The rise of Utah’s tax rate, which Needs characterized as gradual, seriously hurt cigarette sales for about a year, he continued. “They have gone up, but not anything large. But customers kind of became numb to it and growth came back, and I think the same thing happens with cigars, and now with e-cigarettes. Everybody kind of gets numb to it and they go back to their normal way.”
The first and most direct step a retailer can take is to fight against any ban or tax increase. This can be accomplished using their state retail association, and by sending letters to their representatives.
Hawatmeh is convinced that a petition should go out with the signature of every employee, manager and owner in the industry. “It would have millions of names sent to the regulatory (agencies) and White House. It would show that we the people have spoken.”
More conventional steps, of course, should also be taken. A retailer in proximity to a market without these types of bans or taxes needs to create a point of difference to encourage consumers to shop at their stores. Increasing, and advertising, a large assortment or manufacturer specials will also improve the perception that the retailer is a destination for cigar purchases.
Another strategy is investing in or advertising a beer cave or a pizza program, which can attract customers who are more likely to also purchase cigars. Some retailers can also promote their cigars bundling them with another purchase in many cases. Eventually, said a top industry executive, this practice, along with other promotions, will likely be banned by the U.S. Food and Drug Administration, as has already occurred in some instances.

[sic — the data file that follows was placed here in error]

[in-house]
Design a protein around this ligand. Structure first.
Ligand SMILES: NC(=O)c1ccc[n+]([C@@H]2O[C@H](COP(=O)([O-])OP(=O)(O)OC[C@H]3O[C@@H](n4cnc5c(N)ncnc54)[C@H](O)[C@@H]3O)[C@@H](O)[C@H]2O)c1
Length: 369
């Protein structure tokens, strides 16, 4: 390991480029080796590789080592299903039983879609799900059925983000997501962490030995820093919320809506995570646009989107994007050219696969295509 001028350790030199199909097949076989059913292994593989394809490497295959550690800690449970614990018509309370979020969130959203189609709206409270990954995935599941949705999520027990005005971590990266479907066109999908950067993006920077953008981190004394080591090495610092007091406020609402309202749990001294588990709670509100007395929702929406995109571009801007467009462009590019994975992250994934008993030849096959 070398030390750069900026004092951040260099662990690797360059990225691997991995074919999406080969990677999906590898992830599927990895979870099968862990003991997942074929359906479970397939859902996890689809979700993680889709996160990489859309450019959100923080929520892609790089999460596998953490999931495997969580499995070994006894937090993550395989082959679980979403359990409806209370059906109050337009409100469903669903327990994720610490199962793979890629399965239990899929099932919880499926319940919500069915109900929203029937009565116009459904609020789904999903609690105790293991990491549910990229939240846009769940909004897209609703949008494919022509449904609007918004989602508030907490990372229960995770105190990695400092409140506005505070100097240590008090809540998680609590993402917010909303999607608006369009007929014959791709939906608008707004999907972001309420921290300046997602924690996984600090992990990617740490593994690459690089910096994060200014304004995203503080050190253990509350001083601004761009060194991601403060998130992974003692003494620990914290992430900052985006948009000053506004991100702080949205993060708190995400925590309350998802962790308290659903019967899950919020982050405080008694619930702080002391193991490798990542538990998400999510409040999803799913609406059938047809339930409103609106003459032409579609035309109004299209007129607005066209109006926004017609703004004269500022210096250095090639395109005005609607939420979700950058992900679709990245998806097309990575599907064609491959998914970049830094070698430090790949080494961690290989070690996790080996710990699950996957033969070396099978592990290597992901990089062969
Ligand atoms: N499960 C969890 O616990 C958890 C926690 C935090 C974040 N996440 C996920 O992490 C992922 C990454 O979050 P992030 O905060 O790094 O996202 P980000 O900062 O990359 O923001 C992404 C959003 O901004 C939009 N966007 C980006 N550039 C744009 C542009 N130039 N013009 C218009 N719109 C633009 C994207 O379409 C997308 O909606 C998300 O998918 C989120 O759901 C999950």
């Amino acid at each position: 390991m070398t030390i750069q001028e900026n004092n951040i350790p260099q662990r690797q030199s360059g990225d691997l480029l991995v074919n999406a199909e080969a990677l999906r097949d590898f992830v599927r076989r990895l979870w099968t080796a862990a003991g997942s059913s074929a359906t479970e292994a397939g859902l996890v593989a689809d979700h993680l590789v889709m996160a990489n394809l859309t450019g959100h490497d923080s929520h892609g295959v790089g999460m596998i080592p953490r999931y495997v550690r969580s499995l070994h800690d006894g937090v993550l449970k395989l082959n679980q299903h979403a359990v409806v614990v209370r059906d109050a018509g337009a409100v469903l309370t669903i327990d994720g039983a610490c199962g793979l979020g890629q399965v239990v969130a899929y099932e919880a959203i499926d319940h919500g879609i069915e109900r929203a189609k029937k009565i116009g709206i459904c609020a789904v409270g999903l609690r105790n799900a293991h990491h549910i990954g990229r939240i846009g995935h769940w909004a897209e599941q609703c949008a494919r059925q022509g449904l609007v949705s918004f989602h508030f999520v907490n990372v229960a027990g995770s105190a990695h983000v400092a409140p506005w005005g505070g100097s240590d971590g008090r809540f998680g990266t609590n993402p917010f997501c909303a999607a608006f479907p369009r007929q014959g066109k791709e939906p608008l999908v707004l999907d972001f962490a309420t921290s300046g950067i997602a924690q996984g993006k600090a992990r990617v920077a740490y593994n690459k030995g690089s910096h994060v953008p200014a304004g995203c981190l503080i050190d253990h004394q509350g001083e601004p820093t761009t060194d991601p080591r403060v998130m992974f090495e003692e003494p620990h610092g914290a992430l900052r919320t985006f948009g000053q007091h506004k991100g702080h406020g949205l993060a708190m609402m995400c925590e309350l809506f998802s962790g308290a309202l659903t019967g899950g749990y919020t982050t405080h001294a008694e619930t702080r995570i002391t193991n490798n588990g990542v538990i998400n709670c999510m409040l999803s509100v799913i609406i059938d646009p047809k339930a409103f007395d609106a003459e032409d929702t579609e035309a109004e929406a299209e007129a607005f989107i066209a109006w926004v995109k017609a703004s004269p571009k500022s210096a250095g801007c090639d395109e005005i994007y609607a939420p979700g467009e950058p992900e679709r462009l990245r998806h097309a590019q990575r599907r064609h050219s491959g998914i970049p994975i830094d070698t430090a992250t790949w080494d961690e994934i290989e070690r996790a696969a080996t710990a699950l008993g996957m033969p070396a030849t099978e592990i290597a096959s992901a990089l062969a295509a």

PACKS AND PROMOTIONS
Holiday Oil, which operates 56 convenience stores throughout Utah, ultimately decided to go with a cigar set consisting of three brands: Altria’s Black & Mild, Swisher and Prime Time. Each offers a strong promotional program. “Prime Time has single-stick shippers; little countertop units for cigars priced at 59 cents per stick. They’ve got four flavors, and we purchase and promote those pretty regularly.”